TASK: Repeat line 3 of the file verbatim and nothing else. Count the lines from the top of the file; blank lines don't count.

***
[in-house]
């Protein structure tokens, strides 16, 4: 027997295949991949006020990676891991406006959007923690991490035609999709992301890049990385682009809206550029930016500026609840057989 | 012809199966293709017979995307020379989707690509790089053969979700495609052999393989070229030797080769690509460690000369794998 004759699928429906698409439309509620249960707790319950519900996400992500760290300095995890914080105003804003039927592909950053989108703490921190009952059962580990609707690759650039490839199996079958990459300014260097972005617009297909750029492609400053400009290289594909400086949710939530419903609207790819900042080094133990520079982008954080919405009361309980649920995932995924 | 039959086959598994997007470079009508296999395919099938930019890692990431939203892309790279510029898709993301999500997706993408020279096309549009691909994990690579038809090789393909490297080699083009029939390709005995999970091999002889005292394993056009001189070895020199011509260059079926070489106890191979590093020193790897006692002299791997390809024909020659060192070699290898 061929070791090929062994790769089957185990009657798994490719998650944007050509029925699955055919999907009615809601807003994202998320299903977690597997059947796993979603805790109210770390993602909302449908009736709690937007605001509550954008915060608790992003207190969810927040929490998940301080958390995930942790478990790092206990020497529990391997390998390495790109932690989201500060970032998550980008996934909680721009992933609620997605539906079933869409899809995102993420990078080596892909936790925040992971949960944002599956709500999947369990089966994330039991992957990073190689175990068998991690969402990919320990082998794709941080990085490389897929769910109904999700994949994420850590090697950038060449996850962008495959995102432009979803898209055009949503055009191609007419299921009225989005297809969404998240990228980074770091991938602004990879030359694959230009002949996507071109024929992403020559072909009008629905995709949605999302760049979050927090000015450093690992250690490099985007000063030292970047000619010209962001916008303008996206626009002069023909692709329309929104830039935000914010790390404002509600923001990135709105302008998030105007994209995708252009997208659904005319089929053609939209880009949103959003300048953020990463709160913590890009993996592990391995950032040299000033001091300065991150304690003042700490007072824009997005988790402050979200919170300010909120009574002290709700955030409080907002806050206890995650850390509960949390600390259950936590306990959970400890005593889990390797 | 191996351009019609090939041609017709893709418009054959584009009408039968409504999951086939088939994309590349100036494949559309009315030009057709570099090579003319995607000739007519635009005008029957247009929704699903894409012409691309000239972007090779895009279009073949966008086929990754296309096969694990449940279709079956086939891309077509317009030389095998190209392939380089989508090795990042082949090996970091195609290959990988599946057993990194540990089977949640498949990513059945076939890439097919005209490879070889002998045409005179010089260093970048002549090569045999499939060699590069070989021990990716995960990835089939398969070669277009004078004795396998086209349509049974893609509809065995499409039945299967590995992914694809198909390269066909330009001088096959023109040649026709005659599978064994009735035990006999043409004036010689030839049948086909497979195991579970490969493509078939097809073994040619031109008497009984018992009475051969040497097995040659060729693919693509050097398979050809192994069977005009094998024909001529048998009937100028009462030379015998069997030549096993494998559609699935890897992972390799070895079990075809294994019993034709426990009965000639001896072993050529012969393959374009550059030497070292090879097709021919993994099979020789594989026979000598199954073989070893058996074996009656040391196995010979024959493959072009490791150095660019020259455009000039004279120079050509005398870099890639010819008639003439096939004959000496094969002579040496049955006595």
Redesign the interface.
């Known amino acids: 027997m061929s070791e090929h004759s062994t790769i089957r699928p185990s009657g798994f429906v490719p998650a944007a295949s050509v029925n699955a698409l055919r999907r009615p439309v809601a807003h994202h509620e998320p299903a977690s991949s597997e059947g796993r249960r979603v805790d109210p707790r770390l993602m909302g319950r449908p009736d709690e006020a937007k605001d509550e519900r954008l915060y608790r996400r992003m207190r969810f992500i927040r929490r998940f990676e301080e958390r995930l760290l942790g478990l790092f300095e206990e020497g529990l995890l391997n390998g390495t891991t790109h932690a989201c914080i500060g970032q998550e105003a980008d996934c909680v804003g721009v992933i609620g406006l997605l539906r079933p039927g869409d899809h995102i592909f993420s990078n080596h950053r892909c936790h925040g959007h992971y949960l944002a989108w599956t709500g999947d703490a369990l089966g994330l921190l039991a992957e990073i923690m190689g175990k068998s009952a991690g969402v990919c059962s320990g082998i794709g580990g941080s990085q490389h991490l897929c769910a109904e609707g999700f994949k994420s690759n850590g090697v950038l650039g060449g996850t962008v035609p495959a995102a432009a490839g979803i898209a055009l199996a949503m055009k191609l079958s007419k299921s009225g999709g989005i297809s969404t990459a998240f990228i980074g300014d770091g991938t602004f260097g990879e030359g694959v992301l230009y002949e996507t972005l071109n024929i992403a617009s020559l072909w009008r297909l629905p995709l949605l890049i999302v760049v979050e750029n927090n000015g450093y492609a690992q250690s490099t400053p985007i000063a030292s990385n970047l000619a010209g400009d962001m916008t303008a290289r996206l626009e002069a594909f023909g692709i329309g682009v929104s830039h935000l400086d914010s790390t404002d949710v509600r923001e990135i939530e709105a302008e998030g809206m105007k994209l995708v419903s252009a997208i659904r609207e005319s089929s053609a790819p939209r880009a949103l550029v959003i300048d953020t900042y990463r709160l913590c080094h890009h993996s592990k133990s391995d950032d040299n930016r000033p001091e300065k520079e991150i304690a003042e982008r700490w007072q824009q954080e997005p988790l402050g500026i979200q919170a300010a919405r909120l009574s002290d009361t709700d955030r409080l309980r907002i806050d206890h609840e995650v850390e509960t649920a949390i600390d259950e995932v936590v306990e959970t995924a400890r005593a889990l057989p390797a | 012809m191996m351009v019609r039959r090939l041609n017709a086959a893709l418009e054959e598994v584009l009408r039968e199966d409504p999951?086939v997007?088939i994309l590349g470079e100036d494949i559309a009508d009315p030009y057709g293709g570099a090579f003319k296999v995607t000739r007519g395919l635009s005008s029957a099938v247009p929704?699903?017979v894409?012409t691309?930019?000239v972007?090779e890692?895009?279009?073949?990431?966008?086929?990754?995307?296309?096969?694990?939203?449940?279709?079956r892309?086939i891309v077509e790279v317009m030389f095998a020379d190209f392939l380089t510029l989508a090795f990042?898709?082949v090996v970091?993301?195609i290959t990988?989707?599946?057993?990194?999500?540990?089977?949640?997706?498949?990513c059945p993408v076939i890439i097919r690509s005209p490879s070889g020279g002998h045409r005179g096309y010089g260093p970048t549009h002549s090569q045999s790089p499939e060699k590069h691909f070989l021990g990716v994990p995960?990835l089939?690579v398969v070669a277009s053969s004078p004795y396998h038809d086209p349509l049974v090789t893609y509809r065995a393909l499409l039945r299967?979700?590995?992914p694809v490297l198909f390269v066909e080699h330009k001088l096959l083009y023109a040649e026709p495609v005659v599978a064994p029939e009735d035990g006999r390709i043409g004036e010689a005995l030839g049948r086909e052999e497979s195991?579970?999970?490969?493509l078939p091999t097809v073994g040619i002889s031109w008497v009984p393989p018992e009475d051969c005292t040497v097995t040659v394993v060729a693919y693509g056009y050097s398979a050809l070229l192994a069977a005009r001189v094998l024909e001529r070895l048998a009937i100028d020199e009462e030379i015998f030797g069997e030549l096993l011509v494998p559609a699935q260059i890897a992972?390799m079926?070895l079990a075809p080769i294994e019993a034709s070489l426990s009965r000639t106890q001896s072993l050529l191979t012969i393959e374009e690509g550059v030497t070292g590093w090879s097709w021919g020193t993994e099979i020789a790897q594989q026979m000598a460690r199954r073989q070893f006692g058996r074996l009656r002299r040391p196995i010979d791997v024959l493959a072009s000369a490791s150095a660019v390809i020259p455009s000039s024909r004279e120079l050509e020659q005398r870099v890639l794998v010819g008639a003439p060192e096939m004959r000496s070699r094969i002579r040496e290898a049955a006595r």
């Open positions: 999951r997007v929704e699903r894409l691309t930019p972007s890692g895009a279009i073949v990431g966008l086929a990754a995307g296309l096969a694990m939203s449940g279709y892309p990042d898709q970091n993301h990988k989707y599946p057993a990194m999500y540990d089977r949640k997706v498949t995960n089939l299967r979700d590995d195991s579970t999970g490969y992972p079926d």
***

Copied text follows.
Redesign the interface.